There is a unique type of stress that accompanies this time of year. Everywhere that we look we are reminded of how wonderful the holidays are to everyone. If we don’t have warm, fuzzy feelings centered around these days then we not only feel like we’re missing something, we also feel like we’re on the outside looking in. This is akin to “depersonalization”, where we may have the sensation of observing ourselves from outside the body or have a sense that our surroundings aren’t real. This feeling of isolation, of being lonely in a crowded room can escalate into full blown mental illness. Many people commit suicide this time of year. See a doctor if you have thoughts of self harm.
The worst thing that we can do is nothing. If we don’t take active steps to be healthy during periods of high stress, the stress will win. Our health and relationships will suffer. Our performance on our jobs will most likely deteriorate. The psychological and financial strain of these highly commercialized days becomes bigger than our ability to make rational decisions and rash decisions are made instead. Once major changes are put into play, the uncertainty of the outcomes of those decisions impact our lives and thinking even more. A self destructive cycle has begun and self harm becomes a reality, if only in the form of binge drinking or eating. All the drama that we see played out around us during this time is the result of bad small decisions snowballing into bad big decisions.
Steps To Take
There are a few things that we can do for ourselves that will increase our chances of surviving this season healthy and intact. 
1-Forget perfection. This is the main problem with the holidays for many. It doesn’t matter what you think is the ideal holiday. Take what you have and work with it. It WON”T BE PERFECT. Get used to it.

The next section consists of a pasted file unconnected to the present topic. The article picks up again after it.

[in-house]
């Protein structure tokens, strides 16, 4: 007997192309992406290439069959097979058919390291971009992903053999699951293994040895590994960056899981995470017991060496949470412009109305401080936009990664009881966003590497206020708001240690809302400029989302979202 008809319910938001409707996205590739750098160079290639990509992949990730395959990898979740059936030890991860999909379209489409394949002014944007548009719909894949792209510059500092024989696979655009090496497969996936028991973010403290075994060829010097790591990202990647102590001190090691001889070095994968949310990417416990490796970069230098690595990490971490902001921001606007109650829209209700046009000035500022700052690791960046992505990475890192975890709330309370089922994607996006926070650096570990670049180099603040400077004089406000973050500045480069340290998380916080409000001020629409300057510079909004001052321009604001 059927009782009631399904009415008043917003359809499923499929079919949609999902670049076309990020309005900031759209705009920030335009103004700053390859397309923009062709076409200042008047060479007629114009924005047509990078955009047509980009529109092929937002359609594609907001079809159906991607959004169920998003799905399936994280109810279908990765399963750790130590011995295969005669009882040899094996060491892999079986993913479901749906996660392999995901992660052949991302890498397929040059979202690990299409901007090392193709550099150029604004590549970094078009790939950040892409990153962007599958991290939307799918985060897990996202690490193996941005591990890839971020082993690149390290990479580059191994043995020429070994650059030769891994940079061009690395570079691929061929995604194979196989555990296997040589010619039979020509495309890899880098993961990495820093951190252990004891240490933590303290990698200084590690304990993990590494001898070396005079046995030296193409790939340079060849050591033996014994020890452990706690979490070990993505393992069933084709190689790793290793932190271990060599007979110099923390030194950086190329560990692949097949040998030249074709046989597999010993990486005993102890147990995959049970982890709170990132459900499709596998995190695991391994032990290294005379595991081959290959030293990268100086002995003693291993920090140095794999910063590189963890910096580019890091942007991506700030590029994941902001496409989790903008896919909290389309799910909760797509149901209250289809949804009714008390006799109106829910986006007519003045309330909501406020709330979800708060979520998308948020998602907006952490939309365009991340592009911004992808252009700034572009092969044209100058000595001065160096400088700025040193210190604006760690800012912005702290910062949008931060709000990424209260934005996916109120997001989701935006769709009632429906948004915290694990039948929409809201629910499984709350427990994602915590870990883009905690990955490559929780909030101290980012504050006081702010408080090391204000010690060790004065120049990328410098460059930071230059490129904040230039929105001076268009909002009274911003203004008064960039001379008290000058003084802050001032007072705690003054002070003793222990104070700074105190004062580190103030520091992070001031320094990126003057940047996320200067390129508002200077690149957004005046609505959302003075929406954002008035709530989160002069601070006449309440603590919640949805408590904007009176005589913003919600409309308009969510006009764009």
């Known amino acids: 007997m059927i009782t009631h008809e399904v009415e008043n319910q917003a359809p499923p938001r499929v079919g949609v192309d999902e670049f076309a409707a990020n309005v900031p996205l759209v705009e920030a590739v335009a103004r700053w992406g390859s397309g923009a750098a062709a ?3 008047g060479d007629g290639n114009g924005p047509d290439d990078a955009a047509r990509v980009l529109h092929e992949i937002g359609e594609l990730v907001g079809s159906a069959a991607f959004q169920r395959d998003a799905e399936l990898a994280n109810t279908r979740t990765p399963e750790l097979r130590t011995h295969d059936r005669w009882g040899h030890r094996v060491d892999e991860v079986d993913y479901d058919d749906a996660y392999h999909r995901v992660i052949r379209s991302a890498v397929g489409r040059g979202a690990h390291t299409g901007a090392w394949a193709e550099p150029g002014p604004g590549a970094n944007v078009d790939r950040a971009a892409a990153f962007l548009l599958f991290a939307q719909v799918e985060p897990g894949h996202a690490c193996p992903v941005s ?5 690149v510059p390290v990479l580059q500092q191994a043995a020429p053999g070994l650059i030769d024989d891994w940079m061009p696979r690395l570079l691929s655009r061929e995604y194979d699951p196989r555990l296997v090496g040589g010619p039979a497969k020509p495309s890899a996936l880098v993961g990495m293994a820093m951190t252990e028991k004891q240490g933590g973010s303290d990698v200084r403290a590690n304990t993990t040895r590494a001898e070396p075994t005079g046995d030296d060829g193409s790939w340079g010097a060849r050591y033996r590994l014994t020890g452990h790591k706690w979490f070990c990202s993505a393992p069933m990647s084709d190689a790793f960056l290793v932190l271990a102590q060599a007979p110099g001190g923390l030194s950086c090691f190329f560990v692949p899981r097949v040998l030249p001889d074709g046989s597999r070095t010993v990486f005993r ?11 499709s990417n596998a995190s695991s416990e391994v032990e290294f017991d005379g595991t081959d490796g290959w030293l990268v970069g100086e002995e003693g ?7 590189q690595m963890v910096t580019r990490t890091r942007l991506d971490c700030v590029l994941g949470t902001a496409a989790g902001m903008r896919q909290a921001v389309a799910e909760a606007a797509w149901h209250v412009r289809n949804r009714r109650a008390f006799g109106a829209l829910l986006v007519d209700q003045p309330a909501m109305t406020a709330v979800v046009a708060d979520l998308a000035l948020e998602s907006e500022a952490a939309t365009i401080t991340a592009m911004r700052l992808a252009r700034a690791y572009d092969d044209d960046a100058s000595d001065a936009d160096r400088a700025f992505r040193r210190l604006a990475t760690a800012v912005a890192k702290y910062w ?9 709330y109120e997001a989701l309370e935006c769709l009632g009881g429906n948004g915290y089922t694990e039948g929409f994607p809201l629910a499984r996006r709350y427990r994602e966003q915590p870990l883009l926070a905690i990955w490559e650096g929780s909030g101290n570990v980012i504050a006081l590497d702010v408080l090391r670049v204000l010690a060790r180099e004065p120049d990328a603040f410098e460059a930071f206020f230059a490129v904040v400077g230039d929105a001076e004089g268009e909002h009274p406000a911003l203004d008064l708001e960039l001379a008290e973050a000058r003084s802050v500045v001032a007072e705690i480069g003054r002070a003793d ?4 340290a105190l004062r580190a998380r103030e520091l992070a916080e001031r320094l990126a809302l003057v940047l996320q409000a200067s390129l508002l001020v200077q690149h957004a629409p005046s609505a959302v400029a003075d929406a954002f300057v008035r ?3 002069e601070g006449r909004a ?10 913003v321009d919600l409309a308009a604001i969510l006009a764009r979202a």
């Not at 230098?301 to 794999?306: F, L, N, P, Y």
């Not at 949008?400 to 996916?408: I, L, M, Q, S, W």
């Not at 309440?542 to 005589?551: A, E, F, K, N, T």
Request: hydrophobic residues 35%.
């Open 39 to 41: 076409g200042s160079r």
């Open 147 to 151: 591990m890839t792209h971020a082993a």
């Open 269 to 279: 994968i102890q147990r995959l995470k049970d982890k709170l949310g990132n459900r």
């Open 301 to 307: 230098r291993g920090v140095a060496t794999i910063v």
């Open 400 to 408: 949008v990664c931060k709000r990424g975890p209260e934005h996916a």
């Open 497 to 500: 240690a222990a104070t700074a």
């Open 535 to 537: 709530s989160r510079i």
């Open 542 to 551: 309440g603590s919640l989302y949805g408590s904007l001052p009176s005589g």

2-Quit worrying already. This is not the same as perfectionism. It’s a morbid dread that something terrible is going to happen. Odds are, it won’t. Run with the odds.
3-Be grateful. Look around…or inside…there’s something to be grateful for. Gratitude changes our perspective of the world. Instead of lamenting that you don’t have enough money to buy everyone the perfect gift, be thankful that you do have food for them and that you have people who care about you in your life.
4- Just say “NO!” Don’t try to do too much, period.
5- Get rejuvenating exercise. Walk outside without a headset.
6-Detox from stimulation. Keep your environment quiet. Make holiday lights glow softly instead of flash and put down that technology for a while.
7-Create new traditions. Old traditions can bring back painful memories. Do something different.
8-Eat healthy and limit alcohol, or better yet, avoid it entirely.
9-Get plenty of sleep.
10-Remember, this too will pass. Spring is on the way.
11- Turn ALL the lights on. While natural sunlight has the best anti-depressant effect, any light can make a difference during this dark time. Brighten up your world.
I fought perfectionism for many years during this time. It’s true buzz-kill. I have had to realize that a perfect holiday was not going to happen. I’m thinking about starting some new traditions where perfectionism is not even an option. Hiking in the Smokies or parasailing in the Caribbean are not perfect friendly, but they sure are fun. I’m looking into such pastimes for the season.
I have known people who had painful memories of the holidays. Again, create new traditions and exorcise the demons of the past.
Blaze your own trail through these days with good nutrition and healthy activities. Make these days yours, always remembering, it only comes once in a year. Be grateful. ;-*
2 Comments Add yours
Those are all very important points and tips to be taken to heart. Thank you for such a thoughtful article.
Thank you, and you’re welcome, my pleasure, David.